And yes, I’m very aware of the fact that I could easily look up the answers to my questions. I’m just thinking out loud and showing how even someone from the US who is considerably more versed in sports than the average anime fan is almost as much in the dark as said “sports-illiterate” fans due to a lack of exposure to the sport.

Also, the whole football vs. soccer argument is silly. The US calls it soccer because we already had a sport by the name of football long before soccer became widespread over here. People who speak the same language use different words for the same object in countless other situations. I’m not going to get all pissy at someone for calling a crawdad a crayfish, so anyone that tries to tell you “CALL IT FOOTBALL YOU FASCIST AMERICAN PIGDOG!” or “THE NAME IS SOCCER YOU SOCIALIST EUROTRASH SOW!” should be punched in the face. Hard.

By the way, I actually liked Giant Killing. Figured I may as well say something about the actual series somewhere in this post.

6 Comments leave one →
  1. April 11, 2010 2:30 PM

    Think of football in England as being like Darwin’s theory of evolution in action. Clubs can rise up the leagues based on the quality of their team, because in every league, there is promotion and relegation (or ‘demotion’). England’s top league is the ‘Premier League’.

    Every year we have the FA Cup, into which any club in England can enter; whether they are based in city like Manchester United, or in a village like Histon. That’s what the phrase “Giant Killing” is all about, because in the FA Cup, teams are drawn against each other at random and play in one-off matches, regardless of their relative statures and sizes.

    Also, at the end of each season, the top 4 placed teams in the Premier League are entered into the European Champions League, a competition that pits all the best teams in Europe against each other. Every country in Europe gets at least one club entered in to the competition.

    I hope that all made sense. I’m huge into football, so I’m enjoying reading these posts from people curios about the sport. Fire away if you have any more questions! :)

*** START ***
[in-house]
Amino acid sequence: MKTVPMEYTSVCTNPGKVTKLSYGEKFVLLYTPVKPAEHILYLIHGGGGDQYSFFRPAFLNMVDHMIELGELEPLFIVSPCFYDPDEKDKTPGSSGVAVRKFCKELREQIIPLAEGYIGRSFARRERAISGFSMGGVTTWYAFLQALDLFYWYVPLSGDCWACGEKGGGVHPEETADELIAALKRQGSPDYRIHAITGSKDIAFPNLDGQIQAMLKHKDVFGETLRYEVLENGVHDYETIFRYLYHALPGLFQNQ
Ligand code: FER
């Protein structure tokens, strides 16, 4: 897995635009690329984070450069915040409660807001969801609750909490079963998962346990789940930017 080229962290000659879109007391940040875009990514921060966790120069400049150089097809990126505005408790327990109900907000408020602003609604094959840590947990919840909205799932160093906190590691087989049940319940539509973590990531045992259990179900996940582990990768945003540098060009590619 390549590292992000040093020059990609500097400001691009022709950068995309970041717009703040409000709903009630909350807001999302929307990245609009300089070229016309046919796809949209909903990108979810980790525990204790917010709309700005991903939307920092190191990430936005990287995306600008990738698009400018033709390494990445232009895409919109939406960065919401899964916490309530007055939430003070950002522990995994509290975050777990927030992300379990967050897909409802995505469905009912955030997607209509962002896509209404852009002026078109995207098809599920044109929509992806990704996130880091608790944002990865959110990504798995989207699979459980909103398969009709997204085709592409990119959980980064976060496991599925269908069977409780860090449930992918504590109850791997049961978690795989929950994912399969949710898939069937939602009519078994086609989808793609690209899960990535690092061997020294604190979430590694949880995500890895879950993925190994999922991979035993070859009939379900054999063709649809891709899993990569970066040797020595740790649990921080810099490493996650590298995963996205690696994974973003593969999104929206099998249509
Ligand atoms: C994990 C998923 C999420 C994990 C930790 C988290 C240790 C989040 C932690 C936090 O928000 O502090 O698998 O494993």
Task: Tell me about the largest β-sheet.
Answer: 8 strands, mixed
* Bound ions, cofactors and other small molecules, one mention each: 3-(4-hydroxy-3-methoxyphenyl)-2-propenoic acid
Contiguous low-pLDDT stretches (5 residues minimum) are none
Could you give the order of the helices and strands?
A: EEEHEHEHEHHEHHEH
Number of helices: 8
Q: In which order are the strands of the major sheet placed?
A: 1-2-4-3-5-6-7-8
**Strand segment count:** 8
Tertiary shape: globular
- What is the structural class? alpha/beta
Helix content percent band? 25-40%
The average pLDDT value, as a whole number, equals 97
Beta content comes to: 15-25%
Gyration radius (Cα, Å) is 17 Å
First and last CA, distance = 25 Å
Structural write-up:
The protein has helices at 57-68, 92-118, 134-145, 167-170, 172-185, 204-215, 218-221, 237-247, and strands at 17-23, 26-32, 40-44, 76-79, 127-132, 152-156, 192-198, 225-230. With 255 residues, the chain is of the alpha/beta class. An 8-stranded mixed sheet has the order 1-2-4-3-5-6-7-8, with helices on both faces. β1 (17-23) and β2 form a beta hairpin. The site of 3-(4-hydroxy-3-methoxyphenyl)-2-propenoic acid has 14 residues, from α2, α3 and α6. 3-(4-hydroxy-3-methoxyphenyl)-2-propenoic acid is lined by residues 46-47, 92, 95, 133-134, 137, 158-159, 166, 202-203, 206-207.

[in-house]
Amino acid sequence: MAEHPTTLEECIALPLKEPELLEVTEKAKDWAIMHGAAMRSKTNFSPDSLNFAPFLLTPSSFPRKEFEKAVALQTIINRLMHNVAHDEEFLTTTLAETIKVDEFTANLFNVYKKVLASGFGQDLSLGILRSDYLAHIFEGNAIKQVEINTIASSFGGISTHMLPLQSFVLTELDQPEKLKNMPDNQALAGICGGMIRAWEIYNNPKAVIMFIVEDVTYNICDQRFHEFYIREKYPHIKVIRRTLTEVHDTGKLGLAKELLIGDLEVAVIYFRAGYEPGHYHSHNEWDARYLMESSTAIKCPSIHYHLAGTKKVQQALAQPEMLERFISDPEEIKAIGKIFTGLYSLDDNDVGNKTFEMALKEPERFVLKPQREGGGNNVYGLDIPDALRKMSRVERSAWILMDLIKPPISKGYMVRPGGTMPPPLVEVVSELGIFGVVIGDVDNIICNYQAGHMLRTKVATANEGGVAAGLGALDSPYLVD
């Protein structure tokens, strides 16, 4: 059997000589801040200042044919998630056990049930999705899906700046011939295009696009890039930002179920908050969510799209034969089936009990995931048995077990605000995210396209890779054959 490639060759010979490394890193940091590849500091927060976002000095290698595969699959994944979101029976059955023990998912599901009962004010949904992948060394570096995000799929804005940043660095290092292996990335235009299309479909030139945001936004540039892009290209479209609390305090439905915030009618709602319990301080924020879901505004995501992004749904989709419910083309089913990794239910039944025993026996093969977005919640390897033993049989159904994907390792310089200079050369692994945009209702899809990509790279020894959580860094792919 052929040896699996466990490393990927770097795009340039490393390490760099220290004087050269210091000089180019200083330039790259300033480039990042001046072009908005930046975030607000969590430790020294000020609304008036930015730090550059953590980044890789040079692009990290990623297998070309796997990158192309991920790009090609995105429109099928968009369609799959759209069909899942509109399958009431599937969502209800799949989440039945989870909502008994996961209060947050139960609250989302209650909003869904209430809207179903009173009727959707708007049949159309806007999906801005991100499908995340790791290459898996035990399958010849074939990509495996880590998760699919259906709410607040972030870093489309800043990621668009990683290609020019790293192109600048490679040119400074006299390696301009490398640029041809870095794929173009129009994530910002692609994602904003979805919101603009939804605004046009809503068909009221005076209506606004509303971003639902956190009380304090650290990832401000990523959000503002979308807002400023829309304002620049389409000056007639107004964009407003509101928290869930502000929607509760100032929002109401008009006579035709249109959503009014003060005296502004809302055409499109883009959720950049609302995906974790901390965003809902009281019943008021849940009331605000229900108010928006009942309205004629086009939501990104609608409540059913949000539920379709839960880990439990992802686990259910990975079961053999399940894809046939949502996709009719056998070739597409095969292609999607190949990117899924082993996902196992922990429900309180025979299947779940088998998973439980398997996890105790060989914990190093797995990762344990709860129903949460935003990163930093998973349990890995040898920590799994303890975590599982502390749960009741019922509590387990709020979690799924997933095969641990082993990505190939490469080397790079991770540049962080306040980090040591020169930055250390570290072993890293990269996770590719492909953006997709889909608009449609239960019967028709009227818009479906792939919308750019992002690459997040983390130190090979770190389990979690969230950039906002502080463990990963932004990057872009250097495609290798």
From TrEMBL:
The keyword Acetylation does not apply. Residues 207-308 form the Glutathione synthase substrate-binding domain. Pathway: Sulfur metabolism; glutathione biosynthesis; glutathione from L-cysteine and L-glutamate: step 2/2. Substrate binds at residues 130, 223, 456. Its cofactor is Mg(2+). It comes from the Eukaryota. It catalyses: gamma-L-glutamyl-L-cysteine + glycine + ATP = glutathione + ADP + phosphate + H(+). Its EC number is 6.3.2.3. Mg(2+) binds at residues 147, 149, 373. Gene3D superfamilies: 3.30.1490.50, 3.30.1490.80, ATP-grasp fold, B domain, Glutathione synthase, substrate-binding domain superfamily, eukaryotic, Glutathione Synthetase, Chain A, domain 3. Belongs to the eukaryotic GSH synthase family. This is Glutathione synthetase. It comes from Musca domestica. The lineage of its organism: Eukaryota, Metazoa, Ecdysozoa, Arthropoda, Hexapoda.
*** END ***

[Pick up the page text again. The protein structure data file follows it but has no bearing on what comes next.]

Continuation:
2. April 11, 2010 2:34 PM

    The FA cup is a knockout tournament where the lower league teams play each other first and the winners play later against some of the higher league teams. Generally really shitty team somehow gets really far and ends up playing one of the top teams in the country, which is why the FA cup holds some sort of hold over the English. Giant Killing is when this shitty little team from a league 6 tiers below the team they’re playing beat them.

    So yeah, it’s a totally seperate competition. Thought I might as well do my bit and explain it

  3. April 11, 2010 6:44 PM

    >I’m not going to get all pissy at someone for calling a crawdad a crayfish, so anyone that tries to tell you “CALL IT FOOTBALL YOU FASCIST AMERICAN PIGDOG!” or “THE NAME IS SOCCER YOU SOCIALIST EUROTRASH SOW!” should be punched in the face.

    Something seems off about this…

  4. April 11, 2010 7:59 PM

    Spurs fan? I’d talk some trash, but my Lakers aren’t looking so hot heading into the playoffs. Damn it.

  5. Landon permalink
    April 12, 2010 7:51 PM

    Awesome. Yeah, that all makes sense. Crazy and alien compared to how I’m used to seeing a sport play out, but it makes sense.

    If it was just Phil Jackson or just Kobe Bryant at the Lakers, I might be able to tolerate them. I’d still hate them with a burning passion for 2000-2002, but I’d tolerate them. But since they have BOTH of them, that burning passion becomes something unspeakable and quite terrible.

    Once Shaq left the team he became far more likable.